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The necropsy of 'Lulu', from the UK's West Coast Community orca population, has revealed that she most likely died as a result of entanglement - this is tragic news and is another stark reminder of the polluted state of our oceans. There may be as few as eight individuals left in this population and no calves have been produced since studies on these individuals began.
In a statement released by the Scottish Marine Animal Stranding Scheme (SMASS), team members Dr. Andrew Brownlow, Nick Davison and Mariel ten Doeschate have said,
A very unfortunate but interesting first necropsy for 2016. We’re out on the Isle of Tiree at the moment having necropsied an adult female killer whale (Orcinus orca). This animal has been identified as ‘Lulu’, one of the animals from the Scottish west coast community. By the time we had heard of her stranding and travelled to Tiree, she had been dead for 4 days, so much of the internal organ structure had been lost. Nonetheless we found convincing evidence that she had become chronically entangled and this was the most likely cause of her death. There were deep, granulating wounds around the tailstock and tell-tale twin linear abrasions on the underside of the tail fluke. These are consistent with a rope wrapping around the tail and trailing behind the animal, probably still attached to something at the other end. This would have made normal swimming very difficult, and we suspect the animal had been entangled for several days. She hadn’t fed recently but had swallowed a large amount of seawater, most likely as she eventually succumbed to the entanglement and drowned.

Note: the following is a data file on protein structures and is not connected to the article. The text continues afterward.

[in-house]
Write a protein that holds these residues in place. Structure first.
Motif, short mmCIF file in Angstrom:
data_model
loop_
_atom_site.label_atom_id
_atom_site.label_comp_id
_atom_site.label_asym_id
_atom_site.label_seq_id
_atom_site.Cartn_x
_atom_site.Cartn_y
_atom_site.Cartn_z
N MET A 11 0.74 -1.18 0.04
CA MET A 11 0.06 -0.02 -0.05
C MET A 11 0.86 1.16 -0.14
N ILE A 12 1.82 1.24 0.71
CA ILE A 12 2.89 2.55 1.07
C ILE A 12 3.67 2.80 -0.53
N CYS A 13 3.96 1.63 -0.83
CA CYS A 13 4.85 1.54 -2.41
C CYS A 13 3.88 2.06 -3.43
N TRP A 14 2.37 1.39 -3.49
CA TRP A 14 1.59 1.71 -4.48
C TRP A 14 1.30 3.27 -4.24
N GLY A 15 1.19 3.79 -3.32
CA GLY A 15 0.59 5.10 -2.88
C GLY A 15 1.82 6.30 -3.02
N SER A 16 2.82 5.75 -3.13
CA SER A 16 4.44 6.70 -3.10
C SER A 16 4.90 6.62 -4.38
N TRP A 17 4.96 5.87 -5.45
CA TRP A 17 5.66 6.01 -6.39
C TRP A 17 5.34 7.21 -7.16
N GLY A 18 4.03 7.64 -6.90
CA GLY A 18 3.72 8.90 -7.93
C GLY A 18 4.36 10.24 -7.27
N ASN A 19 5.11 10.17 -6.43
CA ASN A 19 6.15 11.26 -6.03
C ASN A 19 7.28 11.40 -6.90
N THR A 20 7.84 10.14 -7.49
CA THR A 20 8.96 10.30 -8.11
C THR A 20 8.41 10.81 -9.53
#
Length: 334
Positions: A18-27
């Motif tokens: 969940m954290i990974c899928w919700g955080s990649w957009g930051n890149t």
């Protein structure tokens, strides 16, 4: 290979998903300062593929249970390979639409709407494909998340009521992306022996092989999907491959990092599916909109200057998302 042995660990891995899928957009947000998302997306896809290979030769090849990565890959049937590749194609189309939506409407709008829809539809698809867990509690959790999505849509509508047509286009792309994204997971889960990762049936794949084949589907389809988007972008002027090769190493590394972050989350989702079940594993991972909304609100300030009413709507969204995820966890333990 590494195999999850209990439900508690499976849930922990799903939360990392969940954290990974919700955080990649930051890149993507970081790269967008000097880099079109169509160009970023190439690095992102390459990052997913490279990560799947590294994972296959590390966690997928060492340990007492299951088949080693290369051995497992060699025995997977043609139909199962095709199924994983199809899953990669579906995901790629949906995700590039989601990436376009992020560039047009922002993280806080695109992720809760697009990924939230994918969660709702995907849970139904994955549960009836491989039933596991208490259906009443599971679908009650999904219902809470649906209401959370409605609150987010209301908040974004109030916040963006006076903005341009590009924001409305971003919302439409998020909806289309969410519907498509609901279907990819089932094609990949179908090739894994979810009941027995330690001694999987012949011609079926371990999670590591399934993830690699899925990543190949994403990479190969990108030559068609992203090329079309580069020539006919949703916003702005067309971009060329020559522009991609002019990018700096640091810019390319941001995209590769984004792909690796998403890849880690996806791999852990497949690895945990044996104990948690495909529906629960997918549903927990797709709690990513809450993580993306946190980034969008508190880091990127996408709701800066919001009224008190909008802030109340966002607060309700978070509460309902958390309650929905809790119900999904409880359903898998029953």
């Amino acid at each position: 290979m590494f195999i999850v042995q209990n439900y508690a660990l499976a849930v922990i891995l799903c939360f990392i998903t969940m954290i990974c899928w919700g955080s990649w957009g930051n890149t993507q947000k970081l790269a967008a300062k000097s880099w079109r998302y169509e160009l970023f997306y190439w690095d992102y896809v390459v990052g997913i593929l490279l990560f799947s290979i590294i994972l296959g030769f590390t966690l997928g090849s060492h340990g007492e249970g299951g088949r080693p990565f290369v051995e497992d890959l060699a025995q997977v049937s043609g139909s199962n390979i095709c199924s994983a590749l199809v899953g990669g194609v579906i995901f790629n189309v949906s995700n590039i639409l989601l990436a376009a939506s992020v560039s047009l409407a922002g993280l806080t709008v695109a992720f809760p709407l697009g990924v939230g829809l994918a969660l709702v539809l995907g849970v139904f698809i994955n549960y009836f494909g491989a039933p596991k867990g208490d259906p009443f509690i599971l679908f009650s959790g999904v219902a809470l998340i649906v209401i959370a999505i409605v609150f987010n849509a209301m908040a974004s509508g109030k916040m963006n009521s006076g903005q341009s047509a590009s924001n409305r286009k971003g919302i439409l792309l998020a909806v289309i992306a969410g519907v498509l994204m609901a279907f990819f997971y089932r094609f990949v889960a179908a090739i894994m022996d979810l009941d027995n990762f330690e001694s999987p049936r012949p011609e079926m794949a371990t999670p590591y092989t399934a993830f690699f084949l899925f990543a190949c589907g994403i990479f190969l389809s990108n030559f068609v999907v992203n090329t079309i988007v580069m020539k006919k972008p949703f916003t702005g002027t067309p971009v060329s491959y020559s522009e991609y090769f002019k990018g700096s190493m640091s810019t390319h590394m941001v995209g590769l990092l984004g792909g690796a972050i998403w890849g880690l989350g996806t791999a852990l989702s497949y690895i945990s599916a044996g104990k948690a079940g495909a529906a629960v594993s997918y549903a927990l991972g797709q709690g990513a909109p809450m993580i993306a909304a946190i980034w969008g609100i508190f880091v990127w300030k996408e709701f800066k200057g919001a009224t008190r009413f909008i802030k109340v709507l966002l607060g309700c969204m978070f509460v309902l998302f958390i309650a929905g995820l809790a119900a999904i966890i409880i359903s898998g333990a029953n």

There were no ropes or gear left on the carcase; we’re assuming all this from the lesions we found on her body, so we don’t know if this was due to active fishing gear, abandoned or ‘ghost’ gear, or other marine debris. The lesions are very similar however to those we see from creel rope entanglement in baleen whales. This is the first killer whale we have seen which has been entangled, although we have had an increase in entanglement incidence in other large cetaceans over the past year.
These types of mortality are particularly tragic, however from examining this case we should be able to learn a little more about a poorly understood population. We have samples to examine age, reproductive status and pollutant burden, and this will form part of future studies.
Andrew, Nick and Mariel
You can find out more about Scheme's work here.
There's been some very sad news for the UK's West Coast Community orca population!
An orca known as 'Lulu' was found dead yesterday on Tiree in Scotland. There may now be as few as eight individuals left in this population.
The Hebridean Whale and Dolphin Trust stated:
"We have some sad news to report: one of the West Coast Community of killer whales known as 'Lulu' was found dead yesterday on Tiree. She was last photographed by us from Silurian off Waternish, Isle of Skye in July 2014. Dr Andy Foote, a killer whale specialist, confirmed the photo-id match which was made using the distinctive eye and saddle patches which are unique to individuals. TheScottish Marine Animal Strandings Scheme are hoping to conduct an examination which might shed light on the cause of death. It is particularly sad to know that another one of these killer whales, unique to the British and Irish Isles has died. There may be as few as 8 individuals remaining in this population, which has not produced calves since studies began."
The Hebridean Whale and Dolphin Trust also holds the West Coast Community identification catalogue.